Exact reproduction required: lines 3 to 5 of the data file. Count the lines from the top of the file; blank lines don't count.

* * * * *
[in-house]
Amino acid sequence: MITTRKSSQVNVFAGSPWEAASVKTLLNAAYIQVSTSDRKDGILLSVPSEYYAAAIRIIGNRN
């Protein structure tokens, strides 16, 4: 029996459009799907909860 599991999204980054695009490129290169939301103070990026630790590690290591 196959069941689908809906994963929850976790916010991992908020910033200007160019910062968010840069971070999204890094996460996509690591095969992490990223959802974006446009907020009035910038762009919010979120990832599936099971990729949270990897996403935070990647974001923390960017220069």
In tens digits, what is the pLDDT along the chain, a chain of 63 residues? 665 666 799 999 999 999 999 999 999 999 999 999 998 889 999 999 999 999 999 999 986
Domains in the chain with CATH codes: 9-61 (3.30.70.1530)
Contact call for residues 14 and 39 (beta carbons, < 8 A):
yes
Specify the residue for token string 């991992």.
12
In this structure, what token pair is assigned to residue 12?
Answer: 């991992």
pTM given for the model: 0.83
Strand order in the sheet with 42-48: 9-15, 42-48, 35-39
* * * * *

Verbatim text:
């Protein structure tokens, strides 16, 4: 029996459009799907909860 599991999204980054695009490129290169939301103070990026630790590690290591 196959069941689908809906994963929850976790916010991992908020910033200007160019910062968010840069971070999204890094996460996509690591095969992490990223959802974006446009907020009035910038762009919010979120990832599936099971990729949270990897996403935070990647974001923390960017220069």
In tens digits, what is the pLDDT along the chain, a chain of 63 residues? 665 666 799 999 999 999 999 999 999 999 999 999 998 889 999 999 999 999 999 999 986
Domains in the chain with CATH codes: 9-61 (3.30.70.1530)